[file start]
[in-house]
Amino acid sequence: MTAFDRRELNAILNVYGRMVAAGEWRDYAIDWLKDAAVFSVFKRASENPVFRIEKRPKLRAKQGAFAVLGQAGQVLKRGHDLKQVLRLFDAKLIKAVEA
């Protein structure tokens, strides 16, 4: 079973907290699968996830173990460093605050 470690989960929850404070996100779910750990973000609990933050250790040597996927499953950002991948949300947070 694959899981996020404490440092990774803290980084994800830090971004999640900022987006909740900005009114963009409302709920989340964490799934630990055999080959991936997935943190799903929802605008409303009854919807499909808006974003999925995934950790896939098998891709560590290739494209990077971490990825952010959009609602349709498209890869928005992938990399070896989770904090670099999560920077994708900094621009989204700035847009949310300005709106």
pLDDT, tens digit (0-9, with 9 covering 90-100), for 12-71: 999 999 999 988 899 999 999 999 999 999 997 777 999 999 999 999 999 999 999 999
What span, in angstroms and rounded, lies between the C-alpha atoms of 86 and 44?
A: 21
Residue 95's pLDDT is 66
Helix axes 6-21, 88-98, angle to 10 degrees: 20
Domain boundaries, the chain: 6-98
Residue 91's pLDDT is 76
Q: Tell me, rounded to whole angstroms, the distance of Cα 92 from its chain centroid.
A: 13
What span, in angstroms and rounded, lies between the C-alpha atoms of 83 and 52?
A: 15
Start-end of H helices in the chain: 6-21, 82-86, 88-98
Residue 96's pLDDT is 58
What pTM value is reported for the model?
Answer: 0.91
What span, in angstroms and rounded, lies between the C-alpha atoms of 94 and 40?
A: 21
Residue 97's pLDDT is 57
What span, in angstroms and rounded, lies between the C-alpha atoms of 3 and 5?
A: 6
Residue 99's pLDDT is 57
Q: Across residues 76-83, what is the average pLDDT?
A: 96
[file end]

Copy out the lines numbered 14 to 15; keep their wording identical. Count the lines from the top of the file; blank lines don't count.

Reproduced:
A: 15
Start-end of H helices in the chain: 6-21, 82-86, 88-98